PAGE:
was an important and wealthy trade center in ancient that retained its importance until late times. In 17 A.D., the city suffered greatly in an earthquake. After aided in rebuilding, it took the new name of Neocaesarea. Under , it was titled . Saint Paul and Saint John the Theologian, visited, and established the first Christian churches. St. Ignatius of Antioch visited on his trip to his martyrdom in Rome. is among the Seven Churches named in John's Book of Revelation. But in the 6th century, paganism held on in the of a Christianizing Empire, and the city became known as "little Athens" for its dedication to deities. Today the modern city is called Alasehir.RP76961. Bronze AE 15, 3042; p. 196, 59; 375; -, VF, and struck, nice with highlighting earthen fill, 3.923 g, maximum 15.1 mm, 90o, (Alasehir, Turkey) mint, magistrate Ti. Neikanor, c. 54 - 59 A.D.; AΓPIΠΠINA ΣEBAΣTH, draped right, hair in long plait down back of neck and looped at end, long loosely curled lock down side of neck; overflowing with fruit and grain, ΦIΛA−∆EΛΦE/ΩN N−EIKA/NΩ−P across in three divided lines; ex Pecunem, Gitbud & Naumann auction 34 (2 Aug 2015), lot 696; $400.00 (€356.00)
, Roman Rule, Aesillas, 90 - 75 B.C.
This was apparently intended to encourage Macedonian pride by portraying the legendary national hero of the Macedonians, and at the same time clearly communicate Roman authority with name and of the Roman .RS77035. Silver , Group VI, 1543, 1330, 3305, 223, 1439, VF, , porous, light deposits of copper saltss, 11.862 g, maximum 28.3 mm, 0o, Thessalonika (Salonika, ) mint, 90 - 75 B.C.; of Alexander the Great right with horn of and flowing hair, Θ behind, MAKE∆ONΩN below; AESILLAS above money-chest (cista), club, and Q over quaestor's chair ( ), all within laurel wreath, pellet below sella, pellet at end of Q; $400.00 (€356.00)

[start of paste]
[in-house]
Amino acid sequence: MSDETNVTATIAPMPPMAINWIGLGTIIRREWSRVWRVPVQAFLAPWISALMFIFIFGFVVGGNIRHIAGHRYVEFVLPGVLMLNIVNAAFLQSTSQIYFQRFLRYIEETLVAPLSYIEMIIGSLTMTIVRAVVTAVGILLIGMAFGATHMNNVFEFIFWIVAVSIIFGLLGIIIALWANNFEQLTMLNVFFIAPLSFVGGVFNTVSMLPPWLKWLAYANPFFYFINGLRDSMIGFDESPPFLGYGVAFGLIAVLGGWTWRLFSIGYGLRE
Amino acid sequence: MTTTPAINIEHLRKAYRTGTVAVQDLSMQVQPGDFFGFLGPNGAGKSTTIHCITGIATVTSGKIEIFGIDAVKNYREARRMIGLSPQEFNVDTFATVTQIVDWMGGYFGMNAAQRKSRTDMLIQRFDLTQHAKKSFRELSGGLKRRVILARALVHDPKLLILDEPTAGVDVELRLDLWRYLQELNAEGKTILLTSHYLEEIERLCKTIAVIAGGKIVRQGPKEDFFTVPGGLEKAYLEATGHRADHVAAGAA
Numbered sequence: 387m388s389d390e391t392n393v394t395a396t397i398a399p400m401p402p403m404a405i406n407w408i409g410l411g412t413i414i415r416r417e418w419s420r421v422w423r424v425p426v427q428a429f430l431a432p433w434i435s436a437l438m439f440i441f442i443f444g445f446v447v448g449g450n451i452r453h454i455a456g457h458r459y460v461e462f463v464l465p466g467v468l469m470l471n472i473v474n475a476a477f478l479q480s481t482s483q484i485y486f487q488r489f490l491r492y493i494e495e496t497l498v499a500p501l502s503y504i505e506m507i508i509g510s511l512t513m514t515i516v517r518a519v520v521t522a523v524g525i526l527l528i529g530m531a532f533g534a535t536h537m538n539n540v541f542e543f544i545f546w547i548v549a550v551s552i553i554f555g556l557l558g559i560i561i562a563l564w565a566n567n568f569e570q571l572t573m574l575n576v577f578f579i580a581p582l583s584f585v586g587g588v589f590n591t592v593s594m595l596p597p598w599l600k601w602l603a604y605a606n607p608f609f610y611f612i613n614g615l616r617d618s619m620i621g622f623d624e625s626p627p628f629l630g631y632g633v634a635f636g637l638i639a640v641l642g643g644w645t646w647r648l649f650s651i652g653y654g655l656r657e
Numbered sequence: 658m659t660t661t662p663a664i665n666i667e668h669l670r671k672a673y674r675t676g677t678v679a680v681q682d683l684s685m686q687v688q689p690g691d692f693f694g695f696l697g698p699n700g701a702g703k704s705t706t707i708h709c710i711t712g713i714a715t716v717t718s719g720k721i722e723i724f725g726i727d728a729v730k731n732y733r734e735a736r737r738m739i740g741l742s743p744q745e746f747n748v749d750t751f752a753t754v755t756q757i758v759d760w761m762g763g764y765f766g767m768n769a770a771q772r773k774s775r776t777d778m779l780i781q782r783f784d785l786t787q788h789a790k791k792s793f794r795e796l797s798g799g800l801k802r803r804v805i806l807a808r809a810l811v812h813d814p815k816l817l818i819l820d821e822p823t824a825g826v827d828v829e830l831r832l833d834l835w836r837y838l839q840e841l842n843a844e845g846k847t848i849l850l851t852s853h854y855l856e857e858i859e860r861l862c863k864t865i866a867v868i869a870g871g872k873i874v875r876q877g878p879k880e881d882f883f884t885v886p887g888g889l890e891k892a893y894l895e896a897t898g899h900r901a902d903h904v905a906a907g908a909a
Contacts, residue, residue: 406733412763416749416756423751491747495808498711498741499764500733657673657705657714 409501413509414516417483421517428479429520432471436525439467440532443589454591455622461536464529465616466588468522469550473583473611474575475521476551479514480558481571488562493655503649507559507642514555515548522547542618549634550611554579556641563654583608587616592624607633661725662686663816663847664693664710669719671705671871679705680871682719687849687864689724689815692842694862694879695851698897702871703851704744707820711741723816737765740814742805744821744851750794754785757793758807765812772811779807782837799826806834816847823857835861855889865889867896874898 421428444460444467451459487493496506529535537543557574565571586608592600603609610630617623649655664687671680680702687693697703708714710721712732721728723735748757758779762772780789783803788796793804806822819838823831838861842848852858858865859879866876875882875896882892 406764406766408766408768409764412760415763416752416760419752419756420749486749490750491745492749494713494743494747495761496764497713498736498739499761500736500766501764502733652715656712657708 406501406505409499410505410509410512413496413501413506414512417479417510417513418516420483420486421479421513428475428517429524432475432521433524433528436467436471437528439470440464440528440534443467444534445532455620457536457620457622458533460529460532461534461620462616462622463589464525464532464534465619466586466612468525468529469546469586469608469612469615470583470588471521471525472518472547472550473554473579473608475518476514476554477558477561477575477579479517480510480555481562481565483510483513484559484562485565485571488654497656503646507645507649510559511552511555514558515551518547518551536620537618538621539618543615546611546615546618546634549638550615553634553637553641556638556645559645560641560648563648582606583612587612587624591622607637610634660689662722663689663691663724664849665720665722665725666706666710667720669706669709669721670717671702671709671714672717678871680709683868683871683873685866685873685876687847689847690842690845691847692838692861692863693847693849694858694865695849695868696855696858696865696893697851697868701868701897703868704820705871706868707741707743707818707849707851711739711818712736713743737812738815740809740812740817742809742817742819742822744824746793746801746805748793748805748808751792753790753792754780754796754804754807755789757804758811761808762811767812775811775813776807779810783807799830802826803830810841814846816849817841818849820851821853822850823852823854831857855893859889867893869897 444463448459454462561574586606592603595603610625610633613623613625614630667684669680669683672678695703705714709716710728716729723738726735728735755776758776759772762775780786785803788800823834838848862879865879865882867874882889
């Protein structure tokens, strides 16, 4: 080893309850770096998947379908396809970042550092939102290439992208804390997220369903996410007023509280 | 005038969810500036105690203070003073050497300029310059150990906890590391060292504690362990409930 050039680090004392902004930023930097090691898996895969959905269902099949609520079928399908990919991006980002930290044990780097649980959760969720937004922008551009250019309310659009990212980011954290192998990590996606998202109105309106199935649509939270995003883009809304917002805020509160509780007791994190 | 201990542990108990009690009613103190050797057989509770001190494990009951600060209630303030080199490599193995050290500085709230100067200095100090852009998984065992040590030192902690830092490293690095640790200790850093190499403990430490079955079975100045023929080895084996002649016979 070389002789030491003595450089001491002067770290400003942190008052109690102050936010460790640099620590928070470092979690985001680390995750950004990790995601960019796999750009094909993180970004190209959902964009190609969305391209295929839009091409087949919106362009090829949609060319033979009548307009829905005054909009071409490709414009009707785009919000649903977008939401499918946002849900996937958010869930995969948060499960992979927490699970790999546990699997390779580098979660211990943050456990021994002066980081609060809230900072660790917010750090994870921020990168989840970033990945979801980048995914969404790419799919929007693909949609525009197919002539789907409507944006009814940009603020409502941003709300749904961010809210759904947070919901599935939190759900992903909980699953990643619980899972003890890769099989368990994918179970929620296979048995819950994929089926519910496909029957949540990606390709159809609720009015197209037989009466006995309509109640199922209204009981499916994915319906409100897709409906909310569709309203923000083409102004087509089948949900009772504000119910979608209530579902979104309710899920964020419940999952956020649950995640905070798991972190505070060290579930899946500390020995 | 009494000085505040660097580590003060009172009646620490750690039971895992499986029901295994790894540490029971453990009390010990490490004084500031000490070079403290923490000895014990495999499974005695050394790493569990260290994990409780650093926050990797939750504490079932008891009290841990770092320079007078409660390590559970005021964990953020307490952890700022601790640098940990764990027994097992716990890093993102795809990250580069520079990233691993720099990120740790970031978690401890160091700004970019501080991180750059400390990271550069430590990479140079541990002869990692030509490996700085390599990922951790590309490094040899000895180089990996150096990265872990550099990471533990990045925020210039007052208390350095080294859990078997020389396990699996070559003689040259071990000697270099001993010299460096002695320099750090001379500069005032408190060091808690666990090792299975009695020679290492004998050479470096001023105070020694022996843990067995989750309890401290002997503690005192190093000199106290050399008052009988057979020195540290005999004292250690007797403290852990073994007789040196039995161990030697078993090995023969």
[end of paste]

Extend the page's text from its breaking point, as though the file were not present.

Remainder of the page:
of Chalkis, Coele , Lysanias, 40 - 36 B.C.
Lysanias is called Tetrarch of by Josephus. Lysanias' father Ptolemaios was married to Alexandra, Mattathias Antigonus' sister. Lysanias offered the Parthian Barzapharnes a thousand talents and 500 women to depose Hyrcanus and put his uncle (or step-uncle) on the throne of (Josephus B.J. 1.248). When Lysanias continued to support against the Roman nominee Herod the Great, had him executed, and gave his territory to VII.GB90942. Bronze AE 19, 11.g, 4769, 145 , 1243, -, VF, 3.505 g, maximum 18.6 mm, 0o, Chalkis sub Libano mint, c. 40 B.C.; veiled female right, no ; double , flanked by four ligatures ΛYCA, TETP, APX, IΦ (Lysanias tetrarch and high priest); very ; $360.00 (€320.40)
, "Thasian" , c. 148 - 80 B.C.